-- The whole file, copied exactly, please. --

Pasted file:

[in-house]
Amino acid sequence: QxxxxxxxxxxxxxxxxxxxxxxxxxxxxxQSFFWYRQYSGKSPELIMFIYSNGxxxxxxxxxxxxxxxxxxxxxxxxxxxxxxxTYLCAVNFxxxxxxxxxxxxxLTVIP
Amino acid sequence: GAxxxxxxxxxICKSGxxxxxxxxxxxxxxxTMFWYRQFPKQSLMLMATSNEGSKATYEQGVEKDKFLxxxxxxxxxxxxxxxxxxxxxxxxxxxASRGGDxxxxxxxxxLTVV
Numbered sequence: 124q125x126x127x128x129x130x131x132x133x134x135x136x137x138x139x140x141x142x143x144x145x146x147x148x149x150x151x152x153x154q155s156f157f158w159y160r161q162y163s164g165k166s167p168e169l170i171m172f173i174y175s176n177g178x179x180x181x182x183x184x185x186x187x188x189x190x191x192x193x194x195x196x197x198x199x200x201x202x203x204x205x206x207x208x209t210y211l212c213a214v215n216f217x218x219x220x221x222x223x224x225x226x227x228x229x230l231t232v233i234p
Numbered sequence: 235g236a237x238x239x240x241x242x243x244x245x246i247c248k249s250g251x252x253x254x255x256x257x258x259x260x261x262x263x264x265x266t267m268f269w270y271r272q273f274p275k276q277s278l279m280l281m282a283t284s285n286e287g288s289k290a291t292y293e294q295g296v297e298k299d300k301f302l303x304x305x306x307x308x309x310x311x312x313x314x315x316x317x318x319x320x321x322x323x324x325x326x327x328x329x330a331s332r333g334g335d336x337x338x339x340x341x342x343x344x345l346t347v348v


[in-house]
Amino acid sequence: QxxxxxxxxxxxxxxxxxxxxxxxxxxxxxQSFFWYRQYSGKSPELIMFIYSNGxxxxxxxxxxxxxxxxxxxxxxxxxxxxxxxTYLCAVNFxxxxxxxxxxxxxLTVIP
Amino acid sequence: GAxxxxxxxxxICKSGxxxxxxxxxxxxxxxTMFWYRQFPKQSLMLMATSNEGSKATYEQGVEKDKFLxxxxxxxxxxxxxxxxxxxxxxxxxxxASRGGDxxxxxxxxxLTVV
Numbered sequence: 124q125x126x127x128x129x130x131x132x133x134x135x136x137x138x139x140x141x142x143x144x145x146x147x148x149x150x151x152x153x154q155s156f157f158w159y160r161q162y163s164g165k166s167p168e169l170i171m172f173i174y175s176n177g178x179x180x181x182x183x184x185x186x187x188x189x190x191x192x193x194x195x196x197x198x199x200x201x202x203x204x205x206x207x208x209t210y211l212c213a214v215n216f217x218x219x220x221x222x223x224x225x226x227x228x229x230l231t232v233i234p
Numbered sequence: 235g236a237x238x239x240x241x242x243x244x245x246i247c248k249s250g251x252x253x254x255x256x257x258x259x260x261x262x263x264x265x266t267m268f269w270y271r272q273f274p275k276q277s278l279m280l281m282a283t284s285n286e287g288s289k290a291t292y293e294q295g296v297e298k299d300k301f302l303x304x305x306x307x308x309x310x311x312x313x314x315x316x317x318x319x320x321x322x323x324x325x326x327x328x329x330a331s332r333g334g335d336x337x338x339x340x341x342x343x344x345l346t347v348v